Assistant High Commissioner for Protection – Statement to the 74th Meeting of the Standing Committee – Geneva 5-7 March 2019
Mr Chair, distinguished delegates, ladies and gentlemen,
‘Protection and solutions’ features prominently at the June Standing Committee and at the Executive Committee meetings in October. Of course, the protection and solutions dimension is central to the review of operational developments and management issues, including in the context of UNHCR’s change process, as you could hear from my colleagues over the past few days. My introductory remarks today will therefore be brief. Underpinning it is a people-orientation and a deep sense of accountability that is informed by an age, gender and diversity approach.
At the outset, let me express again our heartfelt appreciation to everyone present here today for the profound commitment and great support demonstrated in the development of the Global Compact on Refugees [GCR] over the past two years. This has indeed been an exciting journey together which we continue whole-heartedly now that we have embarked on the implementation of the GCR and ahead of the Global Refugee Forum in December.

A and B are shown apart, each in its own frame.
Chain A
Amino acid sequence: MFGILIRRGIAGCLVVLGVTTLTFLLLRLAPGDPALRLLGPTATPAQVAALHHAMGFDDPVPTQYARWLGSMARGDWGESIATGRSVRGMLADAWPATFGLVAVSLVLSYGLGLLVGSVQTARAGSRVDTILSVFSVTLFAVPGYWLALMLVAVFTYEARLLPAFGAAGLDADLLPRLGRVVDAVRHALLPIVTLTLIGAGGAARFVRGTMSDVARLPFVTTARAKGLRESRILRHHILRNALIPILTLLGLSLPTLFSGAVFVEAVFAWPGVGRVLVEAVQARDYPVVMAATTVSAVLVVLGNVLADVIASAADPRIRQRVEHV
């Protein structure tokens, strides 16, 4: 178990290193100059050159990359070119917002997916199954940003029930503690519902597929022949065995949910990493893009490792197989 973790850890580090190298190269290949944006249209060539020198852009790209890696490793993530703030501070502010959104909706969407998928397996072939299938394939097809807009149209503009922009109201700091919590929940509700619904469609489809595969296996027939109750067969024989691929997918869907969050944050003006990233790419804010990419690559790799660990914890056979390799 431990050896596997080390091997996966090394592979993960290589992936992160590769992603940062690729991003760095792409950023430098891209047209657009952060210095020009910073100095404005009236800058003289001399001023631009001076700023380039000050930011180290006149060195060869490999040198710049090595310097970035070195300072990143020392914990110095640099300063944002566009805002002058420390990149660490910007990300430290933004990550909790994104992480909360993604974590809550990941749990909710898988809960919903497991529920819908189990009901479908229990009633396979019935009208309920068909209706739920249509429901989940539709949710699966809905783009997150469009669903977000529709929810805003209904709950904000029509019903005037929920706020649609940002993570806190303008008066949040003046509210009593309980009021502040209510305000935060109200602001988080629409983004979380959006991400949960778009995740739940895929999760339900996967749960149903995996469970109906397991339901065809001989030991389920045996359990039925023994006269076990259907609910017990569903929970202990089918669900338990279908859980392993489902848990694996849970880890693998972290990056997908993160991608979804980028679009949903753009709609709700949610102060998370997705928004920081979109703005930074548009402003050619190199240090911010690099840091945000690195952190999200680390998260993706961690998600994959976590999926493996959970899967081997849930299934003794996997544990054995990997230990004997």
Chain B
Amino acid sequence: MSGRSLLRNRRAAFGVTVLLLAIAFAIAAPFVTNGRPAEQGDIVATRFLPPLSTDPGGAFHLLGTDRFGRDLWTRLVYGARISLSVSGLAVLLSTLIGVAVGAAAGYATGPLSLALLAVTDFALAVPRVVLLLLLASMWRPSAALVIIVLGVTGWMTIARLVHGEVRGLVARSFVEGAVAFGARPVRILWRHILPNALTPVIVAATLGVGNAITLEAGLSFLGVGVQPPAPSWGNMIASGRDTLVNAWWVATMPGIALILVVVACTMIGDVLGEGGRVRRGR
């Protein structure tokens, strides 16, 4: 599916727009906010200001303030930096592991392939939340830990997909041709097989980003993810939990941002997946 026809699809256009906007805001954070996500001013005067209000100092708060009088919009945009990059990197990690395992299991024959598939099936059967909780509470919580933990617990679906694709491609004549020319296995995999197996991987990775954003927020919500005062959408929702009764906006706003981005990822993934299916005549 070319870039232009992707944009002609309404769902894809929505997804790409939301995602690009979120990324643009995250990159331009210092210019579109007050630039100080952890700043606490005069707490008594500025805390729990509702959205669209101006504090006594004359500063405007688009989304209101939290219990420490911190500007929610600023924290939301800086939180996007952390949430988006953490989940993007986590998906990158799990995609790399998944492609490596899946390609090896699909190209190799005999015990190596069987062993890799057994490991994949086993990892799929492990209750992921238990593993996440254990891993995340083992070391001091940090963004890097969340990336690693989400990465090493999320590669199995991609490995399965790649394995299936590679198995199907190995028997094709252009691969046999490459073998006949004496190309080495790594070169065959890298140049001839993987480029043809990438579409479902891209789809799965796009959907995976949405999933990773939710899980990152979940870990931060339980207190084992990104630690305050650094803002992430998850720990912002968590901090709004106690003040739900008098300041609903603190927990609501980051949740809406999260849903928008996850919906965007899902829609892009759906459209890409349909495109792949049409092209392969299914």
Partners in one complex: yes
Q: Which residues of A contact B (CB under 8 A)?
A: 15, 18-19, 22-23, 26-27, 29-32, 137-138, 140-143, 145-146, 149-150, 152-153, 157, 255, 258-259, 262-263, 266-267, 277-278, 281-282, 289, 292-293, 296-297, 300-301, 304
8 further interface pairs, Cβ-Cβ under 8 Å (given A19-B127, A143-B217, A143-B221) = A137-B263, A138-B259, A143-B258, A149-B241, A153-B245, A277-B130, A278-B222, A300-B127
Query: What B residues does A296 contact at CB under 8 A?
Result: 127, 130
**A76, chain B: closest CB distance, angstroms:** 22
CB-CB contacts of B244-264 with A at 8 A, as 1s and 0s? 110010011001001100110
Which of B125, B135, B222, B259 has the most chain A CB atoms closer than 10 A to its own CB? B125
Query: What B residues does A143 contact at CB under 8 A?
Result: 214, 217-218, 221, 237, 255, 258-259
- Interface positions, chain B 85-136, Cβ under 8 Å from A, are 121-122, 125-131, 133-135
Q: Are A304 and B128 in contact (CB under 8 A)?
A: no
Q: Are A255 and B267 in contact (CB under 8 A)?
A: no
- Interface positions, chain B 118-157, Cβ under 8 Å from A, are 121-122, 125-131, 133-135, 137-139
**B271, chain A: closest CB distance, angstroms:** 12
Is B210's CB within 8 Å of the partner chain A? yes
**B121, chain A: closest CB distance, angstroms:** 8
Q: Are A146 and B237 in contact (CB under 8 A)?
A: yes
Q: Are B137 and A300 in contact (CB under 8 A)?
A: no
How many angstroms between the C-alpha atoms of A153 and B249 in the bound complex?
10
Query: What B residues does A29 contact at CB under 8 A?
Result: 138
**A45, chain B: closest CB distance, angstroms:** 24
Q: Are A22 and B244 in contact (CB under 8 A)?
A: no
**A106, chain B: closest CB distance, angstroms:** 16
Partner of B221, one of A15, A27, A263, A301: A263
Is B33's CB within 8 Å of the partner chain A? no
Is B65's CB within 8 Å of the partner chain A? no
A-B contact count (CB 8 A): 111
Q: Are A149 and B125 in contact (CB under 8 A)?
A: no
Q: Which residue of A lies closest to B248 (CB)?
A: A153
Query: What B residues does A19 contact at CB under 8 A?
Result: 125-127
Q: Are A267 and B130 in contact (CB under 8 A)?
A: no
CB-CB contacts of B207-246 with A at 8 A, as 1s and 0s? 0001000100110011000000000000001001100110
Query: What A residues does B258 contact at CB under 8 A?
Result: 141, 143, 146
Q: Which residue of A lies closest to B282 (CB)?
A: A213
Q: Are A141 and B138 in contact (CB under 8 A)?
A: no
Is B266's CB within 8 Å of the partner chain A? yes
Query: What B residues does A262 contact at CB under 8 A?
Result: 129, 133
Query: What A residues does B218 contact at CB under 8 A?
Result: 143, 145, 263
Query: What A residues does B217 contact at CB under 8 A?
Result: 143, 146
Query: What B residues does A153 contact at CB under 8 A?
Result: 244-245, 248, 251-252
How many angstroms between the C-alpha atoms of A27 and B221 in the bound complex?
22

The affirmation of the Global Compact was a clear recognition by the international community that responding to refugee situations cannot be addressed in isolation and that multilateralism and international cooperation have a crucial role to fulfil. The status quo, where the impact of hosting refugees rests disproportionately on some countries and the support base equally only on few, is not sustainable.
We are confident that the Global Compact will inspire countries and partners to come together to put words into practice – to collectively address what is a global responsibility. Greater responsibility-sharing is essential to strengthen solidarity with host communities and to increase support for refugees and other people on the move so they can thrive. Again, let me highlight in particular the gender equality, child protection and diversity dimension, especially for minority groups or those living with disabilities.